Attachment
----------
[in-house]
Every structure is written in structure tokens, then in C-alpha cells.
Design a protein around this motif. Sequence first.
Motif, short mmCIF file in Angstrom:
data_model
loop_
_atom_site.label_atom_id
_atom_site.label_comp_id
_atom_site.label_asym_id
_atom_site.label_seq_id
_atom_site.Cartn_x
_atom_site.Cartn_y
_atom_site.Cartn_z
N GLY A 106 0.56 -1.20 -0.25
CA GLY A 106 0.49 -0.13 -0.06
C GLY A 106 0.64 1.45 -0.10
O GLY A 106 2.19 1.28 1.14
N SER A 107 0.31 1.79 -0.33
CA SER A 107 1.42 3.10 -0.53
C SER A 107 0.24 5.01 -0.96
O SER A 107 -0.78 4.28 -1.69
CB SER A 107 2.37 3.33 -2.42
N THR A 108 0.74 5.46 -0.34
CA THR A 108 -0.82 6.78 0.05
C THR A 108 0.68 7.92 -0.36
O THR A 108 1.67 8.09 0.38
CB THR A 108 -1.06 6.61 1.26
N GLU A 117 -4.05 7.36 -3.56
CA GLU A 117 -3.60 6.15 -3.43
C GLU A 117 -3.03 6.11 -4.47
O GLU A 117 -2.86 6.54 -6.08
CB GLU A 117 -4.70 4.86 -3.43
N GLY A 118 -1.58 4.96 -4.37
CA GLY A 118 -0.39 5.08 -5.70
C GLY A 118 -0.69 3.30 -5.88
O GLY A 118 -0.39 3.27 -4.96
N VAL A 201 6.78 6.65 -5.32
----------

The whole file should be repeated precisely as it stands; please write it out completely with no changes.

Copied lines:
[in-house]
Every structure is written in structure tokens, then in C-alpha cells.
Design a protein around this motif. Sequence first.
Motif, short mmCIF file in Angstrom:
data_model
loop_
_atom_site.label_atom_id
_atom_site.label_comp_id
_atom_site.label_asym_id
_atom_site.label_seq_id
_atom_site.Cartn_x
_atom_site.Cartn_y
_atom_site.Cartn_z
N GLY A 106 0.56 -1.20 -0.25
CA GLY A 106 0.49 -0.13 -0.06
C GLY A 106 0.64 1.45 -0.10
O GLY A 106 2.19 1.28 1.14
N SER A 107 0.31 1.79 -0.33
CA SER A 107 1.42 3.10 -0.53
C SER A 107 0.24 5.01 -0.96
O SER A 107 -0.78 4.28 -1.69
CB SER A 107 2.37 3.33 -2.42
N THR A 108 0.74 5.46 -0.34
CA THR A 108 -0.82 6.78 0.05
C THR A 108 0.68 7.92 -0.36
O THR A 108 1.67 8.09 0.38
CB THR A 108 -1.06 6.61 1.26
N GLU A 117 -4.05 7.36 -3.56
CA GLU A 117 -3.60 6.15 -3.43
C GLU A 117 -3.03 6.11 -4.47
O GLU A 117 -2.86 6.54 -6.08
CB GLU A 117 -4.70 4.86 -3.43
N GLY A 118 -1.58 4.96 -4.37
CA GLY A 118 -0.39 5.08 -5.70
C GLY A 118 -0.69 3.30 -5.88
O GLY A 118 -0.39 3.27 -4.96
N VAL A 201 6.78 6.65 -5.32